Tuesday, August 11, 2009

Get a Job? They've Got One, Thanks.

Three days a week I walk from South Station to my office on Beacon Hill. (The other two I work from home, lest you think I am a slacker or independently wealthy.) The walk takes about twenty minutes and is a decent workout for body, mind, and spirit.

The body has to move itself up a gradual incline at a decent clip carrying my lunch in one hand and my breifcase in the other. For me, in the shape I'm in, it's a workout. (Especially the last hill which is more than a "gradual" incline!) It's a workout for the mind, too, because I'm usually thinking about the projects on the day's to-do list, or the things I read on my commute, or I'm writing something in my head. And the spiritual workout? That's easy. It's all the people I pass -- especially the homeless women and men, asking for spare change.

On the bus ride in I generally do my prayer bead practice as part of which I say the words, "May I see your face in every person I meet this day . . ." And along this twenty minute walk I encounter half a dozen people or more who spend their days on the streets begging, and their nights on these same streets or in shelters. Some of them I've gotten to know. One celebrated his fifty-fourth birthday yesterday.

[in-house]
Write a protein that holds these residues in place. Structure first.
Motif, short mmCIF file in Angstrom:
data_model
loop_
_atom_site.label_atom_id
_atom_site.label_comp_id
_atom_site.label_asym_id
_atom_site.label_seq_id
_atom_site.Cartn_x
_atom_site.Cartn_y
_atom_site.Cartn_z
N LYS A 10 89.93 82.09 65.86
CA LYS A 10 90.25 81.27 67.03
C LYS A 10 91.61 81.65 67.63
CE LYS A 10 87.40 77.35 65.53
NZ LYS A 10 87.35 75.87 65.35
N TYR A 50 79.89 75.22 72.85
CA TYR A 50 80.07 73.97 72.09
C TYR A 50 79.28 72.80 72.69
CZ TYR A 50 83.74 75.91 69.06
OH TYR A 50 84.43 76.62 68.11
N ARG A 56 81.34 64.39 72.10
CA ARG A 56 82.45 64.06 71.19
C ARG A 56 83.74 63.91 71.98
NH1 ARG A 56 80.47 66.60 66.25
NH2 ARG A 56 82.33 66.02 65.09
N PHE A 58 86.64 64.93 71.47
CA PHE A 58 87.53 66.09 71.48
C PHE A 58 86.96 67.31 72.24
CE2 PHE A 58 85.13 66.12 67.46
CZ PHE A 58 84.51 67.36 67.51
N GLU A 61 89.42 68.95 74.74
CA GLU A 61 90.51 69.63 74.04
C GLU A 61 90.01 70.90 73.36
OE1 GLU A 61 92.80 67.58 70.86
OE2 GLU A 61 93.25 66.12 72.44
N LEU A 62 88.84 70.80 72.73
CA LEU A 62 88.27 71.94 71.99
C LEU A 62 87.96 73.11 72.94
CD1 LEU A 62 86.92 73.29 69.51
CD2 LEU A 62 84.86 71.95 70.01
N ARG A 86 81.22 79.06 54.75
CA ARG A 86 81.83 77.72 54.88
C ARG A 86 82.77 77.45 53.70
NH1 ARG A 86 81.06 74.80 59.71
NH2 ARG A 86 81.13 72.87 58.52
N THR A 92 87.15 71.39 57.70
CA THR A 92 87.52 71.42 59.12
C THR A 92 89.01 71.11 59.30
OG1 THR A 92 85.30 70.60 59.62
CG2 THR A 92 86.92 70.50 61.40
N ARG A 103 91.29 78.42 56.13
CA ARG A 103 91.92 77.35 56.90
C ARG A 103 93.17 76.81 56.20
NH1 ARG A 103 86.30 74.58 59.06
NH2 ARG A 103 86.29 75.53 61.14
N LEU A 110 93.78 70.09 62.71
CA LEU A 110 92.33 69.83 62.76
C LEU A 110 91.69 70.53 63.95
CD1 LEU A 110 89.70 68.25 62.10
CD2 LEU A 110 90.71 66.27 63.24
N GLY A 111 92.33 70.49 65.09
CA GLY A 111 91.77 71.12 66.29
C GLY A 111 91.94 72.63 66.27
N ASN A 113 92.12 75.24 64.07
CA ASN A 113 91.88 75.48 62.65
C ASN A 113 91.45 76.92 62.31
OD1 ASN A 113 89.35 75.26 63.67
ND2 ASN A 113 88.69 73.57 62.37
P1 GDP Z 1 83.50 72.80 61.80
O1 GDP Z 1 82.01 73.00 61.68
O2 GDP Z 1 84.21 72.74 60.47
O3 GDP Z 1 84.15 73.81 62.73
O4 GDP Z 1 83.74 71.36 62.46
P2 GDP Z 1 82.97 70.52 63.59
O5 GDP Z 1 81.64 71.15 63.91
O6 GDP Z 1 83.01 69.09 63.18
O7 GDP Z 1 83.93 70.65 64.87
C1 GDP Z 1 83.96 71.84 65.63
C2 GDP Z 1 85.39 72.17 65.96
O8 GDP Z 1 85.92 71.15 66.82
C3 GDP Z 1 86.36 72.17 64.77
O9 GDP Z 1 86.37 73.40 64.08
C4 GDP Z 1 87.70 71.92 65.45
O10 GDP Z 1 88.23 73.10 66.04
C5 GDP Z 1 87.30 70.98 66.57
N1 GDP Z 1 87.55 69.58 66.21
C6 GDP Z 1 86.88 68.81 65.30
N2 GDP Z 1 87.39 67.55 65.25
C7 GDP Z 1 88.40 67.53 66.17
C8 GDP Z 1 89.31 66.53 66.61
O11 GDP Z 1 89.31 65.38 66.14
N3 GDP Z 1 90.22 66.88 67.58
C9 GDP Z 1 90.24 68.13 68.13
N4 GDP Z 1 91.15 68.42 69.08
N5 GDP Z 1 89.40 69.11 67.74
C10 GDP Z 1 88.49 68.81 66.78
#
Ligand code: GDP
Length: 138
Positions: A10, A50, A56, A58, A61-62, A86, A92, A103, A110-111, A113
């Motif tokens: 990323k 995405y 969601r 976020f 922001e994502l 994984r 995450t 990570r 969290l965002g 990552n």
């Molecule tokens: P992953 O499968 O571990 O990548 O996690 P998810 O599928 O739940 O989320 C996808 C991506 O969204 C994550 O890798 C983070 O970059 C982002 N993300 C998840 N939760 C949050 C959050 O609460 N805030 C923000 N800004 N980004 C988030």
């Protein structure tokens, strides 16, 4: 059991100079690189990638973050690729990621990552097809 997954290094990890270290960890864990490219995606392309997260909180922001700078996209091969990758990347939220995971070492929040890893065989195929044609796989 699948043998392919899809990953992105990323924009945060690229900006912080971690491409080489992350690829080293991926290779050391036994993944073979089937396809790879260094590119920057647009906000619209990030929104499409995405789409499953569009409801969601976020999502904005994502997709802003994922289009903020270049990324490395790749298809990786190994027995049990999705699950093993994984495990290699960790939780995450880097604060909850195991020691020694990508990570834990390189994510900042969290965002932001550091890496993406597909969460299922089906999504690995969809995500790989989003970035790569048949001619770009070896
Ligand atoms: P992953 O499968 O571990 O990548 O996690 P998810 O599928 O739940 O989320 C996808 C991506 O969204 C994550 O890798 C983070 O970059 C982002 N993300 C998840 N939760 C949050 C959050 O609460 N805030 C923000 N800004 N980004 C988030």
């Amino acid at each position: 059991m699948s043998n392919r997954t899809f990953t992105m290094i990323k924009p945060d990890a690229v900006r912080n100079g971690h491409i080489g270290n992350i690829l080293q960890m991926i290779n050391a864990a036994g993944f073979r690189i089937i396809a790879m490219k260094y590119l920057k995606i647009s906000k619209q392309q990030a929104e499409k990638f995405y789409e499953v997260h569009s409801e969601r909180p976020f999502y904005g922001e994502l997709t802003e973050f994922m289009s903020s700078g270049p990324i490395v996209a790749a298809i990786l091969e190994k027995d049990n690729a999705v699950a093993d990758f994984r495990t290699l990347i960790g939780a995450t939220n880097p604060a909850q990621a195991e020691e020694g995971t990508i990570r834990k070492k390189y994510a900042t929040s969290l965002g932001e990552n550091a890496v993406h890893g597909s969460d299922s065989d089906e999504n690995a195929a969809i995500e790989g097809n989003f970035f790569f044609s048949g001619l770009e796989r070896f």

I've heard people say that these women and men should "get a job." I say that they have one. A hard one. Can you imagine how difficult it is to spend your day asking strangers for their spare change? To endure the rejection -- the passive and the more aggressive? The judgement? I tell you, this isn't easy work.

But what is the job they're doing? Remember, I said that I was engaged in a spiritual workout, so I am looking at this through a spiritual lens. And when I look through that lens I see people who remind me -- who remind us all -- that the world is far from fair. That those of us living comfortable lives do not represent the vast majority of people on the planet and that part of our comfort comes at the cost of their discomfort. They remind me that there is want and misery and pain and that, as Jesus himself is remembered as saying, "the poor shall always be with you." These people I pass each day put a human face on that proverb.

May I see your face in every person I meet, and find your fingerprint in every situation I encounter;
May I hear your voice in every form it takes, especially those I'd rather not hear;
May I open my hands and let go of trying to control things, and stop grasping after false security;
May I open my heart and live and love more deeply in you.

In Gassho,

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